Further water bans ‘being considered across England as supplies continue to run low’

A hosepipe ban is currently in place in London following the driest July in 50 years  (PA Wire)
A hosepipe ban is currently in place in London following the driest July in 50 years (PA Wire)

Leaked documents reveal water companies are considering further water bans such filling public swimming pools as supplies run low, it has been reported.

A ban on non-essential water use, such as maintaining ponds, washing cars and cleaning shops, could be imposed as soon as this month, according to documents from the National Drought Group, The Guardian is reporting.

The group has the authority on how to tackle drought conditions.

Hosepipe bans remain in place in London and many parts of England after an extremely hot and dry summer led to an official drought being declared by the group.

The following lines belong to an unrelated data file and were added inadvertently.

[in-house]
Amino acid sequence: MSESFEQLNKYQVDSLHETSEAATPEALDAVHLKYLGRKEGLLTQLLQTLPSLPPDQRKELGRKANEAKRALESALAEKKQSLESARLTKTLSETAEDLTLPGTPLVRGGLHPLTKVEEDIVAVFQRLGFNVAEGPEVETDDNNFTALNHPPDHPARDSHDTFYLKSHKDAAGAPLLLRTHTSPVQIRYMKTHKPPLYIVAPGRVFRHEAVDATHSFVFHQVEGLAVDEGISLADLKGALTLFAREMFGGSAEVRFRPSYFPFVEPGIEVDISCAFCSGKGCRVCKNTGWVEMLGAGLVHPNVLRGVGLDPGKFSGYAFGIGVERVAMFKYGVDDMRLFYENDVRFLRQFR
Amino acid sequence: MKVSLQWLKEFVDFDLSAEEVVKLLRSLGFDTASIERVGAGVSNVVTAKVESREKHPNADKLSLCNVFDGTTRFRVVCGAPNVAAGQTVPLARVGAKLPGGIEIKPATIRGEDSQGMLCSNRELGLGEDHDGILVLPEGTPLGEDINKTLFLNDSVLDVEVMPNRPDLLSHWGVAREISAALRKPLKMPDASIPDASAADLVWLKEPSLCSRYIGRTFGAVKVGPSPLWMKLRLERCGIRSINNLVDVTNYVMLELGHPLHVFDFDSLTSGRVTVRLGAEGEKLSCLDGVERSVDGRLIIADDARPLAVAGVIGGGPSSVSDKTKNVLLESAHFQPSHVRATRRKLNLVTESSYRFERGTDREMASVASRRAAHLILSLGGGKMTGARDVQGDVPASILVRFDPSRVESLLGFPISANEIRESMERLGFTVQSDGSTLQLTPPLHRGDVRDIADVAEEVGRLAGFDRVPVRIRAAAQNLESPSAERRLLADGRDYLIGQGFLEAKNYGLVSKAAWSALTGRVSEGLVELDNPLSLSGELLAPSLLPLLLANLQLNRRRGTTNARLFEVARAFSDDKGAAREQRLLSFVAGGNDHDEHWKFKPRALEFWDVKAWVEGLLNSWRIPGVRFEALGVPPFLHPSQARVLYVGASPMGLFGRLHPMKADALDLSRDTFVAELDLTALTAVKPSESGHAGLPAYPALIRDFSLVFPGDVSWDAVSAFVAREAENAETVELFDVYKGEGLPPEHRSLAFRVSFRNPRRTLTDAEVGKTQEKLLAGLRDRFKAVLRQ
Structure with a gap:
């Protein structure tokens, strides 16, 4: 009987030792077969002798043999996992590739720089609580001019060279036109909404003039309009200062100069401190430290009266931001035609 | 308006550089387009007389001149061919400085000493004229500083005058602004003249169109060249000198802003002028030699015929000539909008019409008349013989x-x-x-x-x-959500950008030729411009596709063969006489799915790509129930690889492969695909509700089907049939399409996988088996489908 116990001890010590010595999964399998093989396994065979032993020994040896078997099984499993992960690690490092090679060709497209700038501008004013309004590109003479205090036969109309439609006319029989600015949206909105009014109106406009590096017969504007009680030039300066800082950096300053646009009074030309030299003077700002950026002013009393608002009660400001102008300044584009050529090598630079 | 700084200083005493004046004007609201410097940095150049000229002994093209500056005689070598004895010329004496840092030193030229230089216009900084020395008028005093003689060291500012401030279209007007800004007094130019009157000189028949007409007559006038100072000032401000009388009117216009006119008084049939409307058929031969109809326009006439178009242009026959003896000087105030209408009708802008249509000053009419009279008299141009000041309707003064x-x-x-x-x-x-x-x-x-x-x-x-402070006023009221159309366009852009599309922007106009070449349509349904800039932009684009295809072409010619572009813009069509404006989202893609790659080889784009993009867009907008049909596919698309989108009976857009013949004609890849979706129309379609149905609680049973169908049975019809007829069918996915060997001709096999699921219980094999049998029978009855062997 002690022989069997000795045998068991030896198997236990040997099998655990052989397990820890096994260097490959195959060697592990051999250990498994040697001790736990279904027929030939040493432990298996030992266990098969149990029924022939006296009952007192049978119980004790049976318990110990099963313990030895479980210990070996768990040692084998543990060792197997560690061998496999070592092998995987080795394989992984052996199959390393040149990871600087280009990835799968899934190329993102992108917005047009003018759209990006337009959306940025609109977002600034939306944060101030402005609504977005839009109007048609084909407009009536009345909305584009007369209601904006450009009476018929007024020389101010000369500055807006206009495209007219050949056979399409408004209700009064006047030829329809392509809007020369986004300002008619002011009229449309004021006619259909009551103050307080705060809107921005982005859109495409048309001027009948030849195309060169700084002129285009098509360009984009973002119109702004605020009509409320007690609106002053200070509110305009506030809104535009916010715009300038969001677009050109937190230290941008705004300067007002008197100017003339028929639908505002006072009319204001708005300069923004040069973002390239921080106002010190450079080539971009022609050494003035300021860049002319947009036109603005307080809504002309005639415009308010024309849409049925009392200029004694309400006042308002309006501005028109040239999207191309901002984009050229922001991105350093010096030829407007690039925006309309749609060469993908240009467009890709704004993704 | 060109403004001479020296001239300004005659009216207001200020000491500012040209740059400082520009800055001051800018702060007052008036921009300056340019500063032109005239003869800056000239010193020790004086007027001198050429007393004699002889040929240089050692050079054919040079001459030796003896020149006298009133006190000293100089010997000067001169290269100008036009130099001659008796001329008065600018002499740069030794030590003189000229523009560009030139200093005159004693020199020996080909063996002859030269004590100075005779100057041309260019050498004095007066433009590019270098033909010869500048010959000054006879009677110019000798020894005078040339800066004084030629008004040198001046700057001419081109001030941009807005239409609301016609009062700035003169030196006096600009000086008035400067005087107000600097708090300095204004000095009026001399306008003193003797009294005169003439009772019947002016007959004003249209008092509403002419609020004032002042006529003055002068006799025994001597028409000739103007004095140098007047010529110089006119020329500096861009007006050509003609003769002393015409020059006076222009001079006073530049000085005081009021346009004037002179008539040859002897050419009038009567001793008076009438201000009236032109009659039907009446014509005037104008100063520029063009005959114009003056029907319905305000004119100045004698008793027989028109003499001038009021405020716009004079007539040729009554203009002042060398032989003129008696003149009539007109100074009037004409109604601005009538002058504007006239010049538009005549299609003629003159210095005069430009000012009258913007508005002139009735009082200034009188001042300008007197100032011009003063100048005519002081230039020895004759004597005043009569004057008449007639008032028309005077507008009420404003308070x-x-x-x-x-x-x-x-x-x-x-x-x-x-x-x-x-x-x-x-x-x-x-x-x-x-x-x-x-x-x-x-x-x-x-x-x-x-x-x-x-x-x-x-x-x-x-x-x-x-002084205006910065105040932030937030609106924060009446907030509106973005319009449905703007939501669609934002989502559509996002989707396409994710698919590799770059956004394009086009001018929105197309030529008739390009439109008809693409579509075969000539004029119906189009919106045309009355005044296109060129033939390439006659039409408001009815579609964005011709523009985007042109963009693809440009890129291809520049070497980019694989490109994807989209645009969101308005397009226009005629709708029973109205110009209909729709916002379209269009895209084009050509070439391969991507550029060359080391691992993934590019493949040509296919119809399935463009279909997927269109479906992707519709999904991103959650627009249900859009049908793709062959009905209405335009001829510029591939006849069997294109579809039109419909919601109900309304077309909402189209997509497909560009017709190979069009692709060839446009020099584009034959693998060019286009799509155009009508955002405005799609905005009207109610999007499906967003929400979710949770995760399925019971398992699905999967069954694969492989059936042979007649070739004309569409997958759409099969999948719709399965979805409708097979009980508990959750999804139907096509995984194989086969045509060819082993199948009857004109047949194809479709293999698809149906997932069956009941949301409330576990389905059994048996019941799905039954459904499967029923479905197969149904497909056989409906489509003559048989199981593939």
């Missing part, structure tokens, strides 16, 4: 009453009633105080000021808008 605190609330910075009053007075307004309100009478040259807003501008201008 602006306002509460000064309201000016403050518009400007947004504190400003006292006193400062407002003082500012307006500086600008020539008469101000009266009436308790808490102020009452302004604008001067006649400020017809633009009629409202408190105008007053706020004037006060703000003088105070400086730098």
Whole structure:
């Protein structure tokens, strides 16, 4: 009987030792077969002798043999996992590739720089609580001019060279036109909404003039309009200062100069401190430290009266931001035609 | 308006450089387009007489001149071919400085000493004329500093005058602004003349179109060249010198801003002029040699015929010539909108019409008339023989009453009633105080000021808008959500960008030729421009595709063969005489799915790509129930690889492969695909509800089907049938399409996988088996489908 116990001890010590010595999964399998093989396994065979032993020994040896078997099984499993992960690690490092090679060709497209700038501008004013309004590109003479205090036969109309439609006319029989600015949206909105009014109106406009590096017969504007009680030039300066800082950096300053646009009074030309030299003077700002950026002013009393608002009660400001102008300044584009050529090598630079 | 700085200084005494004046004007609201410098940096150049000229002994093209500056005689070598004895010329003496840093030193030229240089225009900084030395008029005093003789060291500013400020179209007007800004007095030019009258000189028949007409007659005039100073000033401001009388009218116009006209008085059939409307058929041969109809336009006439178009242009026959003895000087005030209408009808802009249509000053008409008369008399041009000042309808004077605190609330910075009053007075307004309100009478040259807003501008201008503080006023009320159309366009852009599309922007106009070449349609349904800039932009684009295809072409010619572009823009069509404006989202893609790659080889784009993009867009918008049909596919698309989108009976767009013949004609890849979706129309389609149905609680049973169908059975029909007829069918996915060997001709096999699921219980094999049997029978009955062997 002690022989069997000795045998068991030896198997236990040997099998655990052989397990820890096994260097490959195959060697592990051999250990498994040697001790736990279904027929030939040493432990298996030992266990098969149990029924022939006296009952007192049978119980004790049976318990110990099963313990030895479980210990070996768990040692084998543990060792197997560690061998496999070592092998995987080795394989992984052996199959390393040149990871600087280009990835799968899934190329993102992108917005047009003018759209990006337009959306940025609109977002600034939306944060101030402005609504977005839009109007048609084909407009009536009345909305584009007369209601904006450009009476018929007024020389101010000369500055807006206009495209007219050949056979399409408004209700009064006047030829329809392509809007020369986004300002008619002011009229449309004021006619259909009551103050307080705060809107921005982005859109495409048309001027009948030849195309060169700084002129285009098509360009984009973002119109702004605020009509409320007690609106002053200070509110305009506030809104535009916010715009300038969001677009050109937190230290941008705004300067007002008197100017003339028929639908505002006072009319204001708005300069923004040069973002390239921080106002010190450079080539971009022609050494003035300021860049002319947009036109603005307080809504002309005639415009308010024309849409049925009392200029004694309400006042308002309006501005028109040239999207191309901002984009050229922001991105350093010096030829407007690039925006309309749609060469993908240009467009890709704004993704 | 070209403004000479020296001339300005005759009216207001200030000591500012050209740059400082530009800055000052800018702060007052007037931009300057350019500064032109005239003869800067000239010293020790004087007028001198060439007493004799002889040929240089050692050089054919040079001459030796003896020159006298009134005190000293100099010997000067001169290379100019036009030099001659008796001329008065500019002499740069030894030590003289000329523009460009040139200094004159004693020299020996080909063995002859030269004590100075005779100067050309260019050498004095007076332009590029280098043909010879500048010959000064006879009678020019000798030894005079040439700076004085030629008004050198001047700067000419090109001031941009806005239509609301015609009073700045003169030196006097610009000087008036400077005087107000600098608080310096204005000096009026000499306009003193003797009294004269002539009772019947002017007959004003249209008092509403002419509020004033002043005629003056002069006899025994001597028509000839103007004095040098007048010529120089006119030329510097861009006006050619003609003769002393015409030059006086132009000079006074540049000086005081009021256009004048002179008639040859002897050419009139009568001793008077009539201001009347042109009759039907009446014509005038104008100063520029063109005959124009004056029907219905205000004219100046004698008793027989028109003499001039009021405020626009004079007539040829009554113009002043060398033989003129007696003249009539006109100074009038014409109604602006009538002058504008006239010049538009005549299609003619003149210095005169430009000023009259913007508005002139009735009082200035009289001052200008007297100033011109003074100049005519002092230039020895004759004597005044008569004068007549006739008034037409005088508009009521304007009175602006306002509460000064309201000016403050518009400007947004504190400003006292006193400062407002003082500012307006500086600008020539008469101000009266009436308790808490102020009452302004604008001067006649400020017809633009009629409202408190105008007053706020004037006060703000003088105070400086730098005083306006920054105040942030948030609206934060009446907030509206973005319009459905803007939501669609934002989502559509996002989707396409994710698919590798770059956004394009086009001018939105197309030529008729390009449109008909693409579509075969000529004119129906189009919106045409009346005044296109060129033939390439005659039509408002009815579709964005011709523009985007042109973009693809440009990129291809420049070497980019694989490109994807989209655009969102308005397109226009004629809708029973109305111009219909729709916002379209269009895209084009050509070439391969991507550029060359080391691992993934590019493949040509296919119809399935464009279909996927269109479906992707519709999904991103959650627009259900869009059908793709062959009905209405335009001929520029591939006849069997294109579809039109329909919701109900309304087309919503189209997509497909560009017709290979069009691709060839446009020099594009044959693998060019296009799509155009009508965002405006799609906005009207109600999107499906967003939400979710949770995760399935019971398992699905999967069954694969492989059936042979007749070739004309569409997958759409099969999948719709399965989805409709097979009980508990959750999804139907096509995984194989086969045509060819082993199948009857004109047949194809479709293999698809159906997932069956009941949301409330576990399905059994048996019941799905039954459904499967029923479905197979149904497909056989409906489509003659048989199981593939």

The ban was introduced by Thames Water for 15 million customers across the capital and surrounding areas such as Oxford and Reading in August.

While rain has slowly started to return, it’s not enough to restore below-average water levels.

In documents seen by the Guardian, a ban on all non-essential use of water could include washing cars and non-domestic buildings, as well as bans on filling bodies of water including swimming pools and ponds.

Water companies considering imposing these measures include Thames Water, which covers London, and South West Water, Southern Water and South East Water, it reported.

Similar measures have not been called on in recent droughts, but the documents reveal that experts do not expect there to be sufficient rain to offset the dry weather.

They say: “The [three-month] outlook shows a risk of dry conditions continuing in the south and east of the UK, with little sign of the rainfall needed to end current drought conditions.”

Farmers were represented at a National Drought Group meeting by the National Farmers’ Union, which warned those present that “many have little or no water left” and that many crops have been significantly affected by the lack of rain.

England had the driest July for 50 years and the driest first half of the year since 1976.